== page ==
In three separate decisions, the tribunal states that Augustin Ngirabatware depends on their cooperation to invalidate charges of having diverted development funds to finance the extremist Hutu militia known as Interahamwe.
The ICTR requests Belgium and Switzerland to provide copies of their agreements signed with Rwanda between 1990 and 1994 as part of the donors' Structural Adjustment Program (SAP). The tribunal also requests the World Bank to make available a number of documents claimed by Ngirabatware's lawyers.
Augustin Ngirabatware hails from what used to be the Nyammyumba district, in the Prefecture of Gisenyi (north of Rwanda). He is the son-in-law of a wealthy businessman indicted by the ICTR but on the run, Felicien Kabuga, the alleged sponsor of the 1994 genocide.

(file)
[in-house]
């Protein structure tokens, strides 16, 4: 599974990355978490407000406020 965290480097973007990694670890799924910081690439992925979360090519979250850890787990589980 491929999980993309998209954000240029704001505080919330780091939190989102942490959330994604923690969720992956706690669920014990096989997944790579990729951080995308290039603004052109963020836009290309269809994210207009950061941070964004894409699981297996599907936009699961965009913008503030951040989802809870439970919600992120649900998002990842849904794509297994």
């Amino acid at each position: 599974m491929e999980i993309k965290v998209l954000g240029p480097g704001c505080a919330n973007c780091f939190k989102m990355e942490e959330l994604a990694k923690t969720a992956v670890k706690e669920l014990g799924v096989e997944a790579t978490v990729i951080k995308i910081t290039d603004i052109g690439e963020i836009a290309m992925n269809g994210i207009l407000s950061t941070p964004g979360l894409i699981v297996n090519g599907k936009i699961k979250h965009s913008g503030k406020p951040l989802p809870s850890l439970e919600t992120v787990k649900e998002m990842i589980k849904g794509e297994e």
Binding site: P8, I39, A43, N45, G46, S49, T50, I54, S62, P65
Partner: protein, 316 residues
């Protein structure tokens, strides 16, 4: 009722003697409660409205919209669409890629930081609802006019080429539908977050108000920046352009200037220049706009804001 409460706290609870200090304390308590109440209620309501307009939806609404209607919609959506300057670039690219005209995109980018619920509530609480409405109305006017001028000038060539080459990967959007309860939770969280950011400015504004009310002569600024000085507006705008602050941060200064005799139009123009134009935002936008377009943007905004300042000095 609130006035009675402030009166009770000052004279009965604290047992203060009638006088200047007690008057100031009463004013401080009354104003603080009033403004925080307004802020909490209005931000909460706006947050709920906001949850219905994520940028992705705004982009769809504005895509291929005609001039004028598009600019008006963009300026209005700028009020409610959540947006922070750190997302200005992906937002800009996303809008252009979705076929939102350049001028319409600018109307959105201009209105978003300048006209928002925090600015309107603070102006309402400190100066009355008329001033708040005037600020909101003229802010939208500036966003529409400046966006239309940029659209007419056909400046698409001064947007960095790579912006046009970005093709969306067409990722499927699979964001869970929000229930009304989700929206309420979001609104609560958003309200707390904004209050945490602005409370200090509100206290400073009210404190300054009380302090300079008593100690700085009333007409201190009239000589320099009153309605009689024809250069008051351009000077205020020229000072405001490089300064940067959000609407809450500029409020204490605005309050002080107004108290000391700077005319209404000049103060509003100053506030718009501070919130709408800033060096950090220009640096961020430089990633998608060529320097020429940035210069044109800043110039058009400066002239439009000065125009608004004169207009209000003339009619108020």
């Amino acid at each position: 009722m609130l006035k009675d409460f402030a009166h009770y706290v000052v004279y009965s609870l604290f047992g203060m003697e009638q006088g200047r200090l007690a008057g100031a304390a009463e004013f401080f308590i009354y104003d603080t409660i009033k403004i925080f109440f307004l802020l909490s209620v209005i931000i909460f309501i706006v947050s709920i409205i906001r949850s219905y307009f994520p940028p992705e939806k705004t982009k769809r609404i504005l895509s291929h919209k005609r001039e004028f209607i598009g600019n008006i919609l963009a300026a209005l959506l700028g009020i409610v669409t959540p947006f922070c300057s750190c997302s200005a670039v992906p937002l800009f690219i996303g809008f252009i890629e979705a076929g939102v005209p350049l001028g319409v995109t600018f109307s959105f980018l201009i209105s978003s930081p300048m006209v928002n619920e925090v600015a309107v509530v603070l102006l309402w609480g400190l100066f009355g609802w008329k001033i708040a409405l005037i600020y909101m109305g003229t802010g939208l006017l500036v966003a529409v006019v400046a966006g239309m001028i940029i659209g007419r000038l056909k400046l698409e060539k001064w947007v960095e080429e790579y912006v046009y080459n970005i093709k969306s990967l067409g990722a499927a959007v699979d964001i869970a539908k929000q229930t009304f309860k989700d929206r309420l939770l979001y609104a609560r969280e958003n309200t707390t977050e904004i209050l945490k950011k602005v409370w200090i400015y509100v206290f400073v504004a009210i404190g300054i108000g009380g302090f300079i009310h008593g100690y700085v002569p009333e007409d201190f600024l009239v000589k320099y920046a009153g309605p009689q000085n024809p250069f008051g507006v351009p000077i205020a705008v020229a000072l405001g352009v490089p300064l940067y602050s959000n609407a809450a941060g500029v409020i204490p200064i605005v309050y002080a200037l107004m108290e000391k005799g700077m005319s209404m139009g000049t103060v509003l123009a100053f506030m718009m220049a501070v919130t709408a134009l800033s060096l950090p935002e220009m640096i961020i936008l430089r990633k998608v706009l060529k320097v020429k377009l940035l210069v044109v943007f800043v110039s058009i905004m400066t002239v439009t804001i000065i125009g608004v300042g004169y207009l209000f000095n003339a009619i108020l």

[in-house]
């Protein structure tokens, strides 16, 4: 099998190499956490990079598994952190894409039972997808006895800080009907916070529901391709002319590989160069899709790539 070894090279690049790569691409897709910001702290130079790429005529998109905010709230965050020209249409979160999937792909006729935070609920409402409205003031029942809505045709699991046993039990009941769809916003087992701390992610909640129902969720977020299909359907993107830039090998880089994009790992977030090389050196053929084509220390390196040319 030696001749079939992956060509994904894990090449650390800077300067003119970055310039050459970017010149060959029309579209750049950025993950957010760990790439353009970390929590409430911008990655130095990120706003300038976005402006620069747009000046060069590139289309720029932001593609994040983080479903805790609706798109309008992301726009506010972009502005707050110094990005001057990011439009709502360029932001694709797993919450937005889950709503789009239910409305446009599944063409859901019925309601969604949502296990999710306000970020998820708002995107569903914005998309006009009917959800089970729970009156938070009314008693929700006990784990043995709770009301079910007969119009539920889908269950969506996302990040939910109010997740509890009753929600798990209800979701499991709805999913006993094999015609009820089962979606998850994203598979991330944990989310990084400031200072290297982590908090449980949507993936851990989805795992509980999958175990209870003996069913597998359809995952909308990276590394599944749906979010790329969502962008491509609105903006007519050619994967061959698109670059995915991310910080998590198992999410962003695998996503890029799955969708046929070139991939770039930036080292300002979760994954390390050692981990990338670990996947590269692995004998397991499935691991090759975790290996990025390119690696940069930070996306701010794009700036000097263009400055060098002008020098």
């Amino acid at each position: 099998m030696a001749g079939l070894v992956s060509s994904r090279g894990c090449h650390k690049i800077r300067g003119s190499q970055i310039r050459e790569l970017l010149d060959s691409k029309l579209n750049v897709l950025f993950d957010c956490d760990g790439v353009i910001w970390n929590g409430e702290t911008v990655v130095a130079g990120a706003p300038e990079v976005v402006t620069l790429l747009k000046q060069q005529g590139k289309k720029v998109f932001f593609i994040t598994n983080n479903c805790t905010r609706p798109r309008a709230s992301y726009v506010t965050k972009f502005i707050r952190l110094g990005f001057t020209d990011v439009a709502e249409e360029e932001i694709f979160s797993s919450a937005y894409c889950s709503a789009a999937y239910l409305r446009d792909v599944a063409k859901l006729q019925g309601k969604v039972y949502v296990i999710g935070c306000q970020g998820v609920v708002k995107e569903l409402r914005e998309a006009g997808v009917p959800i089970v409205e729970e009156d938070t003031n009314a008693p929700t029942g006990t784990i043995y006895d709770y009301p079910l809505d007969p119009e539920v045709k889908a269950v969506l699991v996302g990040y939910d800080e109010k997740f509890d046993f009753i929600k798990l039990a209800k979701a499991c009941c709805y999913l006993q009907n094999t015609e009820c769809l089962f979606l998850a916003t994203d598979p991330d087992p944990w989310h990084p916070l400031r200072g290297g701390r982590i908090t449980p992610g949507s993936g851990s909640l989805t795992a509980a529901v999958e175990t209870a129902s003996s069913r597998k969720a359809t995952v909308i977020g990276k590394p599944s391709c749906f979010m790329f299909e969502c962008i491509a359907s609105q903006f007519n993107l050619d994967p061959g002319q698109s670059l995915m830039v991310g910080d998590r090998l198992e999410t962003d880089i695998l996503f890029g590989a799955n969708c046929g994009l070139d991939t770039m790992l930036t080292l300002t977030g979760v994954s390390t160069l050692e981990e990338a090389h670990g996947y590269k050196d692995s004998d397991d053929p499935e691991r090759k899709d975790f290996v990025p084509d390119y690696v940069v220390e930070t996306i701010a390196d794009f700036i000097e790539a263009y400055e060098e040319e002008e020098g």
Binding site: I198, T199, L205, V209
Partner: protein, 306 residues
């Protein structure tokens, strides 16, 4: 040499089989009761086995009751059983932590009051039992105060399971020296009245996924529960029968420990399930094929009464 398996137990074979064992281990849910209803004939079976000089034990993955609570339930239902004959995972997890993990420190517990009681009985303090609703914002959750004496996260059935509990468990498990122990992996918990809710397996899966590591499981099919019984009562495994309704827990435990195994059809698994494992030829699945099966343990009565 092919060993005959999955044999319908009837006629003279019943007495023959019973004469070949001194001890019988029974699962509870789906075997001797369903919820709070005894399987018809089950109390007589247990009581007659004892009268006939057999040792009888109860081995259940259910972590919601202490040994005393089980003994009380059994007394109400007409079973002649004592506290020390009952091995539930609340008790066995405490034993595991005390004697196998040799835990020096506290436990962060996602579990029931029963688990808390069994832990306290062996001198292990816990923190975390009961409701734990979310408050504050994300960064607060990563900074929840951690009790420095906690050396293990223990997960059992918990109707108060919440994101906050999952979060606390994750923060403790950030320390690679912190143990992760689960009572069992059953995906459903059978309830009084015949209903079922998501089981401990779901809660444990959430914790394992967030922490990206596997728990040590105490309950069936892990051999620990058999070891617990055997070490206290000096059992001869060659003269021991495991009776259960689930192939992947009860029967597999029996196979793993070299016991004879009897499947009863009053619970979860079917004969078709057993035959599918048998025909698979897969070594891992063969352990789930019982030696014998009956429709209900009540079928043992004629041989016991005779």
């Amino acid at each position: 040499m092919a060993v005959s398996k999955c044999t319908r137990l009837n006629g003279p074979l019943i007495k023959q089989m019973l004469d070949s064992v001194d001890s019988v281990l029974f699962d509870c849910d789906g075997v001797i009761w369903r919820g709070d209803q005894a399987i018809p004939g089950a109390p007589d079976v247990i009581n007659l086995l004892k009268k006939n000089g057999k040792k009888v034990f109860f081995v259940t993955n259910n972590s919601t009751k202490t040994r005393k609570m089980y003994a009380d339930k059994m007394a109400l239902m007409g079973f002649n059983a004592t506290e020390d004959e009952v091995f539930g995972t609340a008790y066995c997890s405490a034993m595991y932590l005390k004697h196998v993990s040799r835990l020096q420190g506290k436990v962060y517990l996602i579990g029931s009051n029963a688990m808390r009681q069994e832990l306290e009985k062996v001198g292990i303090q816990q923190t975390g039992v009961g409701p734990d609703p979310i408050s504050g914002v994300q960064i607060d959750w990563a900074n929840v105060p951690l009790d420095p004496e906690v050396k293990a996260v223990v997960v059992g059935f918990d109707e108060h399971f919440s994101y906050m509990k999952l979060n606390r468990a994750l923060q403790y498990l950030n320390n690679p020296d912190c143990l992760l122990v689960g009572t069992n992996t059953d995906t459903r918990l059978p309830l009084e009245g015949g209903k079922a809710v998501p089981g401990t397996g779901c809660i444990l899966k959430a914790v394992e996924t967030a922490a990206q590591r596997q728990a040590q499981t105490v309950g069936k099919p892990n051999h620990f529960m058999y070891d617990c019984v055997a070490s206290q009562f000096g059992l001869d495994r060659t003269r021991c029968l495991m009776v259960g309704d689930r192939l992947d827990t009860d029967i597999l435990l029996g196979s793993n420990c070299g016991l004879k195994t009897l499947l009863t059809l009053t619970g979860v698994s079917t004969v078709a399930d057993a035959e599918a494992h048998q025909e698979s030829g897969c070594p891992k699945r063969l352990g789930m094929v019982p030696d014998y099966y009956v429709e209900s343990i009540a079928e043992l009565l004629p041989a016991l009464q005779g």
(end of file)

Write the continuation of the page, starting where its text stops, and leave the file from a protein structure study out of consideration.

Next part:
The former minister was arrested in Germany on September 17, 2007, and has been in ICTR custody since October 8, 2008.
He is charged with genocide and crimes against humanity. The prosecutor accuses him of launching appeals to kill Tutsis during numerous meetings in his home region in 1994.
He is also accused of delivering weapons to the Interahamwe militia and of embezzling public funds to finance them. He pleads not guilty.
Holding a PhD in economics from the University of Freiburg (Switzerland), Augustin Ngirabatware taught at the National University of Rwanda (1986-1990) before being appointed Minister of Planning (1990-1994).
He fled Rwanda in July 1994 and subsequently worked in various research institutes first in Gabon and then in France.
© Hirondelle News Agency